- Australian cricket legend Shane Warne and actress Elizabeth Hurley have become engaged
- Couple confirme news on their Twitter pages, saying: "Thanks for all your congratulations"
- Warne, 42, proposed to Hurley, 46, on Friday at St. Andrews in Scotland
Australian cricket legend Shane Warne and actress Elizabeth Hurley are engaged, it was confirmed on Sunday.
The couple confirmed the news on their Twitter pages, with both saying: "Thanks for all your congratulations." They also linked to a picture of themselves about to go to dinner in St. Andrews, Scotland, where Warne is playing in a golf championship.
Warne, 42, proposed to Hurley, 46, on Friday, the organizers of the tournament said in a statement. The couple later celebrated with guests in St. Andrews' Old Course Hotel.
Hurley's four-year marriage to businessman Arun Nayar ended in divorce in June. Hurley has a son from an earlier relationship.
The actress rose to fame in the 1990s as the girlfriend of actor Hugh Grant, attracting attention in 1994 when she wore a Versace dress held together with safety pins. She has starred in films including " Austin Powers: International Man of Mystery" and "Bedazzled."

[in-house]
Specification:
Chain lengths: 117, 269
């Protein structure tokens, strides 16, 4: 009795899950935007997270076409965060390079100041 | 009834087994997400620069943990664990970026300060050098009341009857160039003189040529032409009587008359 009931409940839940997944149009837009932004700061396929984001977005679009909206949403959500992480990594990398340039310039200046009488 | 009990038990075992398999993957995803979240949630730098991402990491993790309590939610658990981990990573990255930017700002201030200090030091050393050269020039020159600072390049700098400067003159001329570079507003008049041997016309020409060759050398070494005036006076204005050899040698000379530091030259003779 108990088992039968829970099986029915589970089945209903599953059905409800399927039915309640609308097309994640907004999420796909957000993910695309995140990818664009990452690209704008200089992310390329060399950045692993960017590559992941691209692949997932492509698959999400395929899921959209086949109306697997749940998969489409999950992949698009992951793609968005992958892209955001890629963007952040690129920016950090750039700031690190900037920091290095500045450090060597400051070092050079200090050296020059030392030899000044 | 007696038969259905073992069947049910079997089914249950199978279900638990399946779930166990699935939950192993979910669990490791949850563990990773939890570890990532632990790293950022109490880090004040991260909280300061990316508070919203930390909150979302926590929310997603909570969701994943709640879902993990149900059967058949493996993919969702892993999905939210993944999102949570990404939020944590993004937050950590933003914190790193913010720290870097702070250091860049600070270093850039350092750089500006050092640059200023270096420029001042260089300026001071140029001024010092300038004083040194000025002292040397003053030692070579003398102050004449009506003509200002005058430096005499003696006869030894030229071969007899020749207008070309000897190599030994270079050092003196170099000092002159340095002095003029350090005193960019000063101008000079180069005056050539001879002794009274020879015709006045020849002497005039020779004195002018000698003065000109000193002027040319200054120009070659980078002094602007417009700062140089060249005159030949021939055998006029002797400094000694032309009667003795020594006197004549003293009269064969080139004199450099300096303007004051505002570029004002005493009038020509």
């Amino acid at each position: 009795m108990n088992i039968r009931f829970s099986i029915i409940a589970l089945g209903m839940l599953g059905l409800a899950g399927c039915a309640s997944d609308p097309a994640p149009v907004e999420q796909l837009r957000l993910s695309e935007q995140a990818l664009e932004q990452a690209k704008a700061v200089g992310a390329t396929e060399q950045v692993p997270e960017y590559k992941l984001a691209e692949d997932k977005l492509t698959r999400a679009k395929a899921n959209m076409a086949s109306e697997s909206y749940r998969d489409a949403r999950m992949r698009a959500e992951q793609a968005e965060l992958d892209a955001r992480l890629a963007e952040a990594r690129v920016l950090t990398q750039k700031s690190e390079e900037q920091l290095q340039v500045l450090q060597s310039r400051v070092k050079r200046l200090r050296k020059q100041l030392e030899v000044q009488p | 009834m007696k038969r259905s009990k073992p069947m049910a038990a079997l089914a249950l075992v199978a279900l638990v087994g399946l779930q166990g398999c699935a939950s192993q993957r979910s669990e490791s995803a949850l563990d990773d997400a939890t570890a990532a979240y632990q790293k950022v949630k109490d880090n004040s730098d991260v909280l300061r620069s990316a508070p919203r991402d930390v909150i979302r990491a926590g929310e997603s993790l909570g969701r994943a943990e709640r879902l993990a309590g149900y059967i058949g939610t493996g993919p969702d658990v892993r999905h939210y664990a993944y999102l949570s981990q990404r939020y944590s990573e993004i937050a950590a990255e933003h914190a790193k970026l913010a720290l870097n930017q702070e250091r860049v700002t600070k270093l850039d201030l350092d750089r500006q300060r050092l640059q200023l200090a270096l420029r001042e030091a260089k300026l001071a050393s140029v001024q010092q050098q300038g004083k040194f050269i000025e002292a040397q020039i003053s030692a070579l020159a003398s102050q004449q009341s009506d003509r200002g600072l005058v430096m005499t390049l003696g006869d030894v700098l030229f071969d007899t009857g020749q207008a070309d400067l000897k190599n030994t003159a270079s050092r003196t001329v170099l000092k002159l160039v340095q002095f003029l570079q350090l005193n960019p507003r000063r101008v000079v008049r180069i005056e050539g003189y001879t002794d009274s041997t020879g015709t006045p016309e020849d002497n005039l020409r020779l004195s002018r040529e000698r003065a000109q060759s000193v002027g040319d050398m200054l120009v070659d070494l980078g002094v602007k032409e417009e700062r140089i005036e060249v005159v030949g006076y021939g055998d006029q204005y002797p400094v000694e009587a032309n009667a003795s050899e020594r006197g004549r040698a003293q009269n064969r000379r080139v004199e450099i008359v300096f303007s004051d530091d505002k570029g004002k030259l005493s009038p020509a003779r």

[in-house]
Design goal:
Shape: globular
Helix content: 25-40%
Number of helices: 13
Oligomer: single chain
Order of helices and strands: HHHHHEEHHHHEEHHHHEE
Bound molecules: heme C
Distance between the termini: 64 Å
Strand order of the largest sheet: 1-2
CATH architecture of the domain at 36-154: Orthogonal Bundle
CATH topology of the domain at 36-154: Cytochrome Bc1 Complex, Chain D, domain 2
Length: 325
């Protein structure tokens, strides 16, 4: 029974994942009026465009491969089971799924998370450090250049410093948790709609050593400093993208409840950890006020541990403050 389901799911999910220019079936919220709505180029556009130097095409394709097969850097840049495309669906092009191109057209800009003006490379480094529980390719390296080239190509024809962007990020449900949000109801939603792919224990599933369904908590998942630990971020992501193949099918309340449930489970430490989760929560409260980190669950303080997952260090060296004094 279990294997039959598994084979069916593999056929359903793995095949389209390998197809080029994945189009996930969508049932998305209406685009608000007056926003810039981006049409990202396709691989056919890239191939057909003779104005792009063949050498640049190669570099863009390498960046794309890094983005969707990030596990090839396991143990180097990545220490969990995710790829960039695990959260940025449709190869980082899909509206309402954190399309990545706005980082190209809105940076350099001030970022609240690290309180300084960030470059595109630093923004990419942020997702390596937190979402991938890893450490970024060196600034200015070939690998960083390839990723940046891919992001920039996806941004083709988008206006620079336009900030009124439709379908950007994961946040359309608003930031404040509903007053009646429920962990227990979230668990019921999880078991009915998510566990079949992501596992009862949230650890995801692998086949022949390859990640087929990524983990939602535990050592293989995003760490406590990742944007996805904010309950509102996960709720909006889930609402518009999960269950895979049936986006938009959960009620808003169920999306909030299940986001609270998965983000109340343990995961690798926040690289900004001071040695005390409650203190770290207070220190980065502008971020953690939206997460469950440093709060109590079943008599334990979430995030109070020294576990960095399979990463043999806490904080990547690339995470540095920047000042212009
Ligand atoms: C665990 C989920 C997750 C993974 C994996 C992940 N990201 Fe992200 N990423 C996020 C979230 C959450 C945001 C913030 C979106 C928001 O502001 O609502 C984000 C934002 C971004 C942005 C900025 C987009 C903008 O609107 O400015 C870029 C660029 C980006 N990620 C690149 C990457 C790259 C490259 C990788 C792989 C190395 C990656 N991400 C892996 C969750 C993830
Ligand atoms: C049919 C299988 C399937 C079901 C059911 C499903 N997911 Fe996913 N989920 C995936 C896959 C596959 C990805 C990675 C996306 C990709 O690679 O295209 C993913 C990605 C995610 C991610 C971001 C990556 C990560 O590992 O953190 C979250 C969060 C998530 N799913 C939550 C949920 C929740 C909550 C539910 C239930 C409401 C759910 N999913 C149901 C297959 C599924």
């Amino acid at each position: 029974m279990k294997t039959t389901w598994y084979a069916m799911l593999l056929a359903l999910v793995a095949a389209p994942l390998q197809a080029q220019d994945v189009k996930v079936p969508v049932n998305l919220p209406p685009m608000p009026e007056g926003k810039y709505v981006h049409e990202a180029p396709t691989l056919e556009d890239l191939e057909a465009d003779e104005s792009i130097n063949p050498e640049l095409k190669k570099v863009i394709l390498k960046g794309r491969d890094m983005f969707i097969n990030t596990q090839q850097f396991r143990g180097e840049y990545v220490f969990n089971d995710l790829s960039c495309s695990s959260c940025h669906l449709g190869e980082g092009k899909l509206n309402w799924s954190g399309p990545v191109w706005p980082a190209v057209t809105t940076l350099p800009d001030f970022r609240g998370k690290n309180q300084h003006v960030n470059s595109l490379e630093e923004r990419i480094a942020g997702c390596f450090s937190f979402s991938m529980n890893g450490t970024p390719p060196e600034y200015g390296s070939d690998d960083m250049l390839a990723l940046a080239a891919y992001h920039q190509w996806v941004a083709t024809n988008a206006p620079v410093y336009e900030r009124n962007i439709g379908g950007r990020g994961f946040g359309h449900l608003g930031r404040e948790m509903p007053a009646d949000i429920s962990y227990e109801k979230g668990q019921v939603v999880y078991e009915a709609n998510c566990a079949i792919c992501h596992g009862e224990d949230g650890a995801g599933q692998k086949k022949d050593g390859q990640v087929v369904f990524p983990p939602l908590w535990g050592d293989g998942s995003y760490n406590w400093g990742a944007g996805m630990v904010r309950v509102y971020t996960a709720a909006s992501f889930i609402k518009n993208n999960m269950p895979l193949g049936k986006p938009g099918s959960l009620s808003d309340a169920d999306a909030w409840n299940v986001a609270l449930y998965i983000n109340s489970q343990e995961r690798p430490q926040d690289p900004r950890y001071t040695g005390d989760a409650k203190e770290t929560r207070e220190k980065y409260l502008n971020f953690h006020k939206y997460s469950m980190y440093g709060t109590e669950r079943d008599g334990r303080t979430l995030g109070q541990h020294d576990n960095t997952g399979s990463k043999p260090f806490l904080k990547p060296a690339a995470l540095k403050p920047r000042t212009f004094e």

Warne is widely regarded as one of the finest bowlers of all time having taken 708 wickets in the long form of the game. He retired from Test cricket in 2007 after playing 145 matches, prompting his captain Ricky Ponting to call it "the end of an era" for Australian cricket.
He announced his separation from his wife Simone in 2005. The couple, who have three children, divorced shortly afterwards.
According to the cricket website CricInfo, Warne's story was "part fairytale, part pantomime, part hospital drama, part adults-only romp, part glittering awards ceremony."
"He took a Test hat-trick, won the Man-of-the-Match prize in a World Cup final and was the subject of seven books. He was the first cricketer to reach 700 Test wickets. He swatted more runs than any other Test player without making a hundred, and was probably the wiliest captain Australia never had.
"His ball that gazoodled Mike Gatting in 1993, bouncing outside leg stump and cuffing off, is unanimously esteemed the most famous in history. He revived legspin, thought to be extinct, and is now pre-eminent in a game so transformed that we sometimes wonder where the next champion fast bowlers will come from."